LYNX 114 ADS DIRECTORY Care Services Caring First Home Care Polka Day Care: For ages 0-5 Domestic Cleaning Services ACS Oven Cleaning Colin’s Cleaning Service
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Garden/Landscape Stephen Beal Landscapes
Health Claire Dye: Physiotherapist Counsellor and Psychotherapist Gunthorpe Osteopaths Marianne Atherton Homeopathy Philippa Stancomb Reflexology Pilates at Binham Memorial Hall
22 21 17 6 8 20
Hotels/Cottage Rentals Blakeney Hotel Glaven Cottages: Property Management Morston Cottage
14 25 7
Interiors/Art/Textiles/Furniture Nick Hamond Furniture: cabinet-maker Paul R Smith: handmade furniture Sandra’s Soft Furnishings Walsingham Gallery & Framing
17 8 front cover 12
Leisure Ceilidh for Amnesty International Field To Food Event - Albanwise Farming The Bluebell, Langham The King’s Head, Letheringsett Morston Swimming Pool R.A.F.A Social Events, Sheringham
3 4 26 9 23 16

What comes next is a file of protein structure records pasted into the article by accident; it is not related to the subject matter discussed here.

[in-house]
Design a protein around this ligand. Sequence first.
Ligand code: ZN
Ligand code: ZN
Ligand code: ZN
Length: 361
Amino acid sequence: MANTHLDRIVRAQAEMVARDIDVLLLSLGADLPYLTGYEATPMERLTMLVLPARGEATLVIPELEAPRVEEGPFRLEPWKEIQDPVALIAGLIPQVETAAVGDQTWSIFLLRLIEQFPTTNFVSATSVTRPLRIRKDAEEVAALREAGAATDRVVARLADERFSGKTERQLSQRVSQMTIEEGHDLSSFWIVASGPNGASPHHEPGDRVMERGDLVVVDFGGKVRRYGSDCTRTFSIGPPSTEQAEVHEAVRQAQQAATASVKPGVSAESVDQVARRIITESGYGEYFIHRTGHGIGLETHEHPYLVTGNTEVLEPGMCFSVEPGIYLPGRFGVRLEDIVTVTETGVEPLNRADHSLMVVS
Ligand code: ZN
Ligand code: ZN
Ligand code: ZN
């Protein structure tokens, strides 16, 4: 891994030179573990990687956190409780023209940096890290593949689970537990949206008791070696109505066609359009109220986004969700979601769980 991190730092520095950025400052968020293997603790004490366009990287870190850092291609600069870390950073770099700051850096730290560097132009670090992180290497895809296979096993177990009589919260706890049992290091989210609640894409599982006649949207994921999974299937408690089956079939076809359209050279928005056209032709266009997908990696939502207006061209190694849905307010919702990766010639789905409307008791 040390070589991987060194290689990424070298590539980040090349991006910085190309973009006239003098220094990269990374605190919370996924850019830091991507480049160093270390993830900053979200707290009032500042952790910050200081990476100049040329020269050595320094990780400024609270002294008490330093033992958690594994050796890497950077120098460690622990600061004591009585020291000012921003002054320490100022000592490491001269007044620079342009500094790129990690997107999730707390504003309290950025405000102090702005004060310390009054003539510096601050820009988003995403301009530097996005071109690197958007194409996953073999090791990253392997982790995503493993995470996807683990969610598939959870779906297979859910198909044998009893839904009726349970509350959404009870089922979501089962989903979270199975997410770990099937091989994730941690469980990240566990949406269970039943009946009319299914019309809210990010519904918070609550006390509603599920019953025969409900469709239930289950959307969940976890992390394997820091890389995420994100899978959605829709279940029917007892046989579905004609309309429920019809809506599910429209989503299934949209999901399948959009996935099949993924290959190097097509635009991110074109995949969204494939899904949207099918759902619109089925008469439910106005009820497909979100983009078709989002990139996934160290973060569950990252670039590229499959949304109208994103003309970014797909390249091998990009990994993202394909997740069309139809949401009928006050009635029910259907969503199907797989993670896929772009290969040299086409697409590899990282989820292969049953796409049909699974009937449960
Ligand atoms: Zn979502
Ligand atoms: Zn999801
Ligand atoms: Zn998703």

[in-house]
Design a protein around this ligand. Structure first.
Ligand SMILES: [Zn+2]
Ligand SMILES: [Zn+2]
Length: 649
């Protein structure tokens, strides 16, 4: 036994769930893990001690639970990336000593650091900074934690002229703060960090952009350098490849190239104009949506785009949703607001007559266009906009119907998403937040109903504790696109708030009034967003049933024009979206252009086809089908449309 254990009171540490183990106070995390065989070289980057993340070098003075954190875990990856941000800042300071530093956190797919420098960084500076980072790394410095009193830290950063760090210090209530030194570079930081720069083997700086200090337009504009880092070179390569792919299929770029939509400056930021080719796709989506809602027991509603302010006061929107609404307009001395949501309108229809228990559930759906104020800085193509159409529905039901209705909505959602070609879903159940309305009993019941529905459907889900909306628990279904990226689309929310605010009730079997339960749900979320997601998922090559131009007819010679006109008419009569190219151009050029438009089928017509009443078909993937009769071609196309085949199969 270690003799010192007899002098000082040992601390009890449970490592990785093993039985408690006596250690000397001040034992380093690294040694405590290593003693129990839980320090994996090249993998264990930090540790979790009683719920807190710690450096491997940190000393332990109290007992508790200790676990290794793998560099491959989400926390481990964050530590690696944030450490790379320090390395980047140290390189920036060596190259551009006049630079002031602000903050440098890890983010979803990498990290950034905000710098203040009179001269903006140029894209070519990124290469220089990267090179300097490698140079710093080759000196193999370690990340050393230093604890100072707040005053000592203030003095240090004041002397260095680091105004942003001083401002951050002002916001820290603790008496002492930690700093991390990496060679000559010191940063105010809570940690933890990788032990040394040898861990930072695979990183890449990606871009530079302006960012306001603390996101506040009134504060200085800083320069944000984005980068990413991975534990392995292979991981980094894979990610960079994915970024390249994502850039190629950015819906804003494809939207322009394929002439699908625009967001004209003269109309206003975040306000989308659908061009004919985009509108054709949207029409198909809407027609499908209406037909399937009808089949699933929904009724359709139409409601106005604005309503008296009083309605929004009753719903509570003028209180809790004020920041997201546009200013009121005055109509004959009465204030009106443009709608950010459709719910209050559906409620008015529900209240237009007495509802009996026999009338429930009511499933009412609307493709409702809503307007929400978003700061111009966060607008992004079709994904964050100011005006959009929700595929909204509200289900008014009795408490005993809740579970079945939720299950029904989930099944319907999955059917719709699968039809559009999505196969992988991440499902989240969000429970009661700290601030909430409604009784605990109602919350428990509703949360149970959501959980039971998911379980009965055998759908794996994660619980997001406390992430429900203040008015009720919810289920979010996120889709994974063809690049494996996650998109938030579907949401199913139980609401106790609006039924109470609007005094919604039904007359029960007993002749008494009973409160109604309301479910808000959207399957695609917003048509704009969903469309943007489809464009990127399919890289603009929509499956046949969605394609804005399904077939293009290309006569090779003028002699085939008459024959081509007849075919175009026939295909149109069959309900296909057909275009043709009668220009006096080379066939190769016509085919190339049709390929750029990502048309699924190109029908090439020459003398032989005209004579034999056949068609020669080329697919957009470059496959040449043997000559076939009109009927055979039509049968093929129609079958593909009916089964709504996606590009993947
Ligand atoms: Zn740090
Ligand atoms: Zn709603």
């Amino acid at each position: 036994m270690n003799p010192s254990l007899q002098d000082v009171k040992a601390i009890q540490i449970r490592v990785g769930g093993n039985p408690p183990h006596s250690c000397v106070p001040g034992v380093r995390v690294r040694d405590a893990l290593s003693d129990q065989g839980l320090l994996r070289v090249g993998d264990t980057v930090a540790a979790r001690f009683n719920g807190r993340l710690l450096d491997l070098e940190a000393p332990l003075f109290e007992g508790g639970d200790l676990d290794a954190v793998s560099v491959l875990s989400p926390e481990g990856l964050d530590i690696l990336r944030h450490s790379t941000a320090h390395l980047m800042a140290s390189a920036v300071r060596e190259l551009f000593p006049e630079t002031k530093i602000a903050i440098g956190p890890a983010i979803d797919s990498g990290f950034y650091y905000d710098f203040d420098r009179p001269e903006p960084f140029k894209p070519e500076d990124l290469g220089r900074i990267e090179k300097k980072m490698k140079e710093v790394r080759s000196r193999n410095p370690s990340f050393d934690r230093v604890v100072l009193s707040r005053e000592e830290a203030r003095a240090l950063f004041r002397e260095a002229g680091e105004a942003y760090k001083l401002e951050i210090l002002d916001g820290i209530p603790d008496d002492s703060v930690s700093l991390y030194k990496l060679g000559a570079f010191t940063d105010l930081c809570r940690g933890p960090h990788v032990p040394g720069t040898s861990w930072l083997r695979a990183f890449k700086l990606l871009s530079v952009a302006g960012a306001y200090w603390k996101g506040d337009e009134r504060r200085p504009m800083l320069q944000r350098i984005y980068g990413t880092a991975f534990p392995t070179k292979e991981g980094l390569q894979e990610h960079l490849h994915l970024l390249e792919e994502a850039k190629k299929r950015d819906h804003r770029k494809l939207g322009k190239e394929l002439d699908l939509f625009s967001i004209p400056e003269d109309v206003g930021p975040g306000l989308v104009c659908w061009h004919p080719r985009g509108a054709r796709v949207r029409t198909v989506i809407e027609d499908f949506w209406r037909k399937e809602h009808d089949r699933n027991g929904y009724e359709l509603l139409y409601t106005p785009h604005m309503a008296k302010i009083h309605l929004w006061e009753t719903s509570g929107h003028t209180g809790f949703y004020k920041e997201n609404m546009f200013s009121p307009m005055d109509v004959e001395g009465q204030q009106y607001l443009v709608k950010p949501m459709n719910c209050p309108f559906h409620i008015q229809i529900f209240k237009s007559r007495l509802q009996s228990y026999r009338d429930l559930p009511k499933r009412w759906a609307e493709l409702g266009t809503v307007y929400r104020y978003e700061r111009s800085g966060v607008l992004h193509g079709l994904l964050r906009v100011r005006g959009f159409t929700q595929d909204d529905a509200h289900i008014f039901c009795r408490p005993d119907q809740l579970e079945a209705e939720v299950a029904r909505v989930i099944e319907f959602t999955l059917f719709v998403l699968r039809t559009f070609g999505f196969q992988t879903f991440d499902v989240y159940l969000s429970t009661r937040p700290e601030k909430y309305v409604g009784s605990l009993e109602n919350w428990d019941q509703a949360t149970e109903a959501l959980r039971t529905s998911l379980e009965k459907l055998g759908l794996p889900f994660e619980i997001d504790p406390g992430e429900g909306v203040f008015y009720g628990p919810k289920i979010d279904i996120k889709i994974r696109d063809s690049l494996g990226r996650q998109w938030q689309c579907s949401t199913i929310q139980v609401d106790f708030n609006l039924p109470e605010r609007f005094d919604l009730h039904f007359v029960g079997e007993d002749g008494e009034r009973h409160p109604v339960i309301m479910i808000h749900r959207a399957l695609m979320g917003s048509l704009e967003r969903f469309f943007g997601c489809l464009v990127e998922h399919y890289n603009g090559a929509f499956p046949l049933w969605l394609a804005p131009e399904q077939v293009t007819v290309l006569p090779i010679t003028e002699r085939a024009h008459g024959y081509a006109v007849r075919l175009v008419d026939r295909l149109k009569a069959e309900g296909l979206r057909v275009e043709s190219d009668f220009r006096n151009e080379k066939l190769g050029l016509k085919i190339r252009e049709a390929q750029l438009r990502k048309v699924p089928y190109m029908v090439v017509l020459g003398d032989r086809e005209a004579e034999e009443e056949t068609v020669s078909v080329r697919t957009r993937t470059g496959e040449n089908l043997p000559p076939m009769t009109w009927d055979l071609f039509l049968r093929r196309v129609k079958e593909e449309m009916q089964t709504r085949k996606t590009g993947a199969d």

Services and Suppliers Adam Sexton Washing Machine Services 10 Allied Glass: Trade and Domestic Glazing 23 Andrew Benn: PC Problems front cover Daren Betts Building and Maintenance 11 David Thompson Chimney Sweep 10 Elv’s Stoves: Woodburner Services 11 Gowards Funeral Services 18 Ju electrical: domestic and commercial 27 Keeble Roofing Contractor 12 M G Myhill Chimney Sweep 24 North & West Norfolk Log Co. 21 P J Electrics 16 Taxworx 15 Taxis Stuart’s Taxi Town and Country Cars
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PTM PLUMBING & HEATING 07824 877 084 Email email@example.com
CLEARVIEW PEST CONTROL Moles Rats Mice Wasps, Etc Etc Contact Kevin 01328 829154 or 07952 750265
SIVANANDA YOGA CLASS Gunthorpe Village Institute Hall Wednesdays in Term Time 7.30-8.45pm Contact Richard Redmayne 01263 862 289
B.A. TREE SERVICES (Tree Surgeon) Free quotes available Full Public Liability Insurance held 01263 588 994 or 07748 570 121
CHIMNEY SWEEP David Thompson 01328 851 081
WOULD YOU LIKE TO ADVERTISE HERE? email: firstname.lastname@example.org
INSIDE OUT Gary Waller Painter and Decorator – Fully Insured Tel: 01263 860 705 Mob: 07990 993 406
JAYNE BIRD MCFHP MAFHP Foot care in your own home Routine and Diabetic Foot Care 01328 851 332 or 07881 107 571
HAMLYN PEST CONTROL County Council Accredited—NPTA Member Control of Rats, Mice, Wasps, etc., 01263 860 112 or 861 587
ALICE MARTINEAU YOGA Tuesdays 5.30-7.00pm & 7.00-8.30pm 07973 278 895 www.alicemartineau.co.uk